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Cakastrophy

post #1 of 8
Thread Starter 

I'm doing my first topsy turvy cake following a very good tutorial here. Unfortuneatly I feel a cakastrophy coming. My niece didn't want fondant, but I feel like the only way that this cake is gonna look good and stay together is to use fondant instead of the buttercreme. Does anyone have any experience making this in buttercreme and do you feel that given the heat (gonna be 90 degrees) and the construction, I should take my chances with the buttercreme or is the fondant a better idea?

post #2 of 8
I've never personally done a topsy turvy cake...but I've never seen one done in all BC. If she's not wanting fondant because of the taste there are some you can make that taste pretty good if you have the time to make it. Or if you even want to! Maybe you could explain to her your concerns about it not looking right if you don't use fondant?
post #3 of 8
Tupsy turvy, BC and 90 degree weather. Total no-brainer. Your niece can accept the medium that would make her design possible or choose a different design or a different baker.
post #4 of 8
The only way I would do a topsy turvy... Even in the cool British climate... Would be to use ganache and fondant. I wouldn't even consider buttercream and fondant. In UK summertime, which is no where near US or Aus temps I still had a tier buckle when using ganache and fondant.
post #5 of 8

I have done a few topsy turvy cakes in buttercream . I used Sharon Zambito's method and it is tricky but doable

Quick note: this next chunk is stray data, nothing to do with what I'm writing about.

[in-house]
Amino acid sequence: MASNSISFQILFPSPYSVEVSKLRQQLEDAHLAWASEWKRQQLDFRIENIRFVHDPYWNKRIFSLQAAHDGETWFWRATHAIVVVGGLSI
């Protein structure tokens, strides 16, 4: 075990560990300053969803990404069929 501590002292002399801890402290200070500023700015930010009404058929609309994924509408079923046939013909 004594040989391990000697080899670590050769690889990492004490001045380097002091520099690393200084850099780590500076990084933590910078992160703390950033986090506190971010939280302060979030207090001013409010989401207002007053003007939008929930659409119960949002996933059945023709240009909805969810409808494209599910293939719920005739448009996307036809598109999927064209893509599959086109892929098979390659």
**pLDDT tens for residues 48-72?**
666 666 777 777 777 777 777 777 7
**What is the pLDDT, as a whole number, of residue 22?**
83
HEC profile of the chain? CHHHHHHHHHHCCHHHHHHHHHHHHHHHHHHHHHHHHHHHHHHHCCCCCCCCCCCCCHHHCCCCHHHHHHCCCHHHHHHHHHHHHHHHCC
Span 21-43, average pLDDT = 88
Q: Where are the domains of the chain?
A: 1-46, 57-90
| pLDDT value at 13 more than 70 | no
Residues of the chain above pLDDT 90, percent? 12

Being perky and kind is the is the only way to go! Now let's decorate and make someone happy.
I operate legally out of The Cake Studio. It would have been easier to be based at home but my little boys were eating the the fondant flowers and accents!
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Being perky and kind is the is the only way to go! Now let's decorate and make someone happy.
I operate legally out of The Cake Studio. It would have been easier to be based at home but my little boys were eating the the fondant flowers and accents!
Reply
post #6 of 8

i wouldn't do one unless it was ganache under fondant.  I don't do them enough to feel comfortable enough to do them in buttercream. 

 

Like it has been said...you are the professional with the knowledge about construction and your abilities. Your niece needs to understand that there are limitations because of climate and materials. 

post #7 of 8

I recently did a topsy turvy in BC and it turned out fine. I used a hi ratio shortening and butter mix in my BC and used Sharon Zambito's method also. It just took a little more time to smooth because of the angles. I just had to make sure to keep refrigerated until delivery and in the AC at the venue.

This was my first topsy turvy and it drove me nuts because I am a stickler for "level and straight" lines on a cake- my husband laughed at me the whole time I was building it because he could see that I just wanted to make it straighticon_smile.gif

post #8 of 8

i did a regular cake last year on a 90 degree day, and it was in the bride's air conditioned house until well after dark and that thing fall apart, inch by inch, crack by crack, until I had to beg the bride to cut it before it collapsed altogether. 

 

 

something to consider

 

if i were doing it again, I would have made a small tiered cake that could have stayed in the refrigerator until an hour before the cutting and had sheet cakes on hand for the rest. 

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